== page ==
By Terence Kennedy • 04 January 2018 • 11:29
WORD PROCESSING anno 1982: €7,500 in today’s money.
NOVELIST Lee Child recently confessed his difficulty when writing a new book: he can’t figure out Word’s automatic page numbering. Can you?
Decades after the nostalgic clacking of typewriters gave way to the magic of the word-processor, at best, we sit in the driver’s seat and can just about steer the thing. It’s surprising how few of us can manage to even switch on the wipers, as it were.
With most people using less than 10 per cent of what these programs can do, say the experts, Lee Child’s dilemma sounds familiar. (He gets around it, incidentally, by simply writing his next book over the previous one).
Microsoft certainly didn’t help back in the day when it managed to infuriate pretty much everyone with Clippy the dancing paperclip to ‘help’ us find our way around Word. If that’s not when the Oxford Dictionary admitted ‘computer rage’ as a real term, it should have been.
I graduated years ago from PC-Write with the screeds of keystroke cheat-sheets needed to work it, to the much-lamented WordStar and then the doyen of them all, WordPerfect. Which wasn’t, but it tried.
‘Also-rans’ apart, today we’re down to just two main alternative word-processors of note against Microsoft’s steamroller.
WordPerfect staggers on, still cherished particularly by lawyers who love its ability to sort all their ‘whereas and inasmuch as the party of the first part’ convolutions into very pretty sub-sub-sub-paragraphs. Then there’s the excellent though slightly-dated and astonishingly free complete office suite, LibreOffice. Did I mention that it’s free? It’s free. Amazing.
As a self-confessed computer nerd I can happily fossick among the esoteric delights of obscure software manuals, or get my smart TV to play files from my tablet which got them from my computer which got them from my router which got them from dark web programs which fell off the back of the internet.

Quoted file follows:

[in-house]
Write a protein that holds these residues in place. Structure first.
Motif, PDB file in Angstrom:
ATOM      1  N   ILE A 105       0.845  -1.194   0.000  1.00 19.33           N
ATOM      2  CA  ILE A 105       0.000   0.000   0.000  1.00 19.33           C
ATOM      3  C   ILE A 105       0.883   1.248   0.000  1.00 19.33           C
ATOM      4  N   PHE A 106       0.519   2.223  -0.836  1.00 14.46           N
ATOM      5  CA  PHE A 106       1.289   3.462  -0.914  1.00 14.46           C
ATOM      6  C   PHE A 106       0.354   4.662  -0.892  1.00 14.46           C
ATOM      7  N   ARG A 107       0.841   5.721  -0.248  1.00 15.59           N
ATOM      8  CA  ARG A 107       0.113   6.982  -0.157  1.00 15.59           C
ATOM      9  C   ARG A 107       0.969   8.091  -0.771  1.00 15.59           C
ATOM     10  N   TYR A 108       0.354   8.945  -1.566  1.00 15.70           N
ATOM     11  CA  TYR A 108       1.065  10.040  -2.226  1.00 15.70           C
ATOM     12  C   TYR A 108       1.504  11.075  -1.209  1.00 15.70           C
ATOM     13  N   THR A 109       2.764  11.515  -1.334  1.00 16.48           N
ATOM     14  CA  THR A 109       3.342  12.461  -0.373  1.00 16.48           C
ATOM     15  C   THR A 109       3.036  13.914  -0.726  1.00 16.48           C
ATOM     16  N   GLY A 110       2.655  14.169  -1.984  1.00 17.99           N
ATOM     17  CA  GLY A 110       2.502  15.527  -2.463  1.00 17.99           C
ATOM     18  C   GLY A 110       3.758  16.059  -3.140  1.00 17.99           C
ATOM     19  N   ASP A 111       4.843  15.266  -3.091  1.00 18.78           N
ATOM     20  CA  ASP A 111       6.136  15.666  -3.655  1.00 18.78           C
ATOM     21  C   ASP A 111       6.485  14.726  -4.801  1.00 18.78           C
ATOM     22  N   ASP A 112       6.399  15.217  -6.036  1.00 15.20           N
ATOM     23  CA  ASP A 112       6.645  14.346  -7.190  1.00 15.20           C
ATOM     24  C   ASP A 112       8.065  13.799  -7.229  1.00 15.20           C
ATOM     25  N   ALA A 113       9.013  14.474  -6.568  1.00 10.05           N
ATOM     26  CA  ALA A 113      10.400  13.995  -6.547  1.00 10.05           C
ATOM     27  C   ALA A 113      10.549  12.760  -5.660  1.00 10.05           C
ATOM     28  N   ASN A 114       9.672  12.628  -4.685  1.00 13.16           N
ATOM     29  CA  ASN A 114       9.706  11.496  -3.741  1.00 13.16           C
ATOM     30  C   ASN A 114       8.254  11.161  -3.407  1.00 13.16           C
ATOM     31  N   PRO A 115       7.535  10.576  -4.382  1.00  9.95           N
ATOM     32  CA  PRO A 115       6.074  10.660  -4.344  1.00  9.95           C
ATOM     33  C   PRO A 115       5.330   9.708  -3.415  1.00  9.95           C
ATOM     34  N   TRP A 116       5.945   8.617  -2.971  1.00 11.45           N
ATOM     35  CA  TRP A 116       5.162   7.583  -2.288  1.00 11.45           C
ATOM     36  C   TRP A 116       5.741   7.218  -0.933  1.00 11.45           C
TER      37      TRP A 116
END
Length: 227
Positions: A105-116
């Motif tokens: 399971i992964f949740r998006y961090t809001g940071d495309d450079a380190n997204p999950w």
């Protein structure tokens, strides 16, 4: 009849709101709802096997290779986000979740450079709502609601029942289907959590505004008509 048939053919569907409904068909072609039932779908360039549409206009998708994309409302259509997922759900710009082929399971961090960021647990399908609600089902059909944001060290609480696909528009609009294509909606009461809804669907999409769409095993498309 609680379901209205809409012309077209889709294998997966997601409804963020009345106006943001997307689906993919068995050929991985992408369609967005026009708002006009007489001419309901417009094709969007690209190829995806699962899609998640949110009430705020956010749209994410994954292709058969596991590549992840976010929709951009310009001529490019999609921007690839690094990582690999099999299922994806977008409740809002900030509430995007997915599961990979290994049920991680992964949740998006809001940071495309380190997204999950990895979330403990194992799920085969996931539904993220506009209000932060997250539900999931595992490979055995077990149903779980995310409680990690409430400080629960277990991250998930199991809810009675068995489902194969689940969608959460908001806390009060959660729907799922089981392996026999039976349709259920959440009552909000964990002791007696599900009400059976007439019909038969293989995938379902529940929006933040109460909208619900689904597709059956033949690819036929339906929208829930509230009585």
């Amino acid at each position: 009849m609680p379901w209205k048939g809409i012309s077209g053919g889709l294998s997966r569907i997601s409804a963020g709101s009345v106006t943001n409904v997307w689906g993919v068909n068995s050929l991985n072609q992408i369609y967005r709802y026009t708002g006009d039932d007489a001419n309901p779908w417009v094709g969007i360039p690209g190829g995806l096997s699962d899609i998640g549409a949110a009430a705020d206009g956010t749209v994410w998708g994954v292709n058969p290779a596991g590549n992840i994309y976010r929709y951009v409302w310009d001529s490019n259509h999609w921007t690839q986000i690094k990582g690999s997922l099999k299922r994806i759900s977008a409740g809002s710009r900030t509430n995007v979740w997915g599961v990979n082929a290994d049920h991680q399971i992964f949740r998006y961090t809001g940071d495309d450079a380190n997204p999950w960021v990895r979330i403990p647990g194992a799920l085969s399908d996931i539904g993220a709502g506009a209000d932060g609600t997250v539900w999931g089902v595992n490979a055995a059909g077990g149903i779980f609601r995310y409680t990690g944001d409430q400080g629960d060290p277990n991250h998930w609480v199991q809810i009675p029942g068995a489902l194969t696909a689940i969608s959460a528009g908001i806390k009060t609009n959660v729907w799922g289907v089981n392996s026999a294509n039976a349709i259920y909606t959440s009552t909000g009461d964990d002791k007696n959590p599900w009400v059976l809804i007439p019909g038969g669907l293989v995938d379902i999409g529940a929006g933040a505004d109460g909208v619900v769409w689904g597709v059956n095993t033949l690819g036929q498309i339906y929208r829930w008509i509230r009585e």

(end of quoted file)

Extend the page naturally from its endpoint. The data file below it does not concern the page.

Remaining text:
But I still have to admit defeat with even the simplest things in Word occasionally:
Where the hell is my euros symbol?
Why must my shopping lists automatically have bullet points?
Why do I keep having to scroll all the way past Albanian, Burmese, Corsican and Dzonghka (what?) to specify English for each and every document I create? Thank heavens my native language isn’t Wolof or Yoruba.
How do I start page numbering after the title pages?
How do I place photos on the page where I want them, not where Word decides they should be?
And most exasperatingly of all: exactly where has Word automatically decided to save my precious document this time? I want it back, dammit!
YOU don’t have to buy a Dummies book just to put words on a screen, despite how patronisingly-amusing they can sometimes be.
There are plenty of free tutorials online not just for Word in its various three-yearly iterations, but for the whole Office shebang, including excellent guides at https://www.gcflearnfree.org/subjects/office/jects/office/ or http://www.free-training-tutorial.com/microsoft-word-online.html.
There’s a popular smartphone app called Tutorials for Word – Free, or you can download a free starter guide to use offline: https://www.computer-pdf.com/office/word/472-tutorial-introduction-to-word-2016.html. A Google search will reveal these and fleets of other free and paid options.
Whatever you do though, don’t ever admit that you need a manual to anyone below 40, for whom the well-known acronym RTFM is a despicable admission of defeat. RTFM? Read The (er, Flaming…) Manual.
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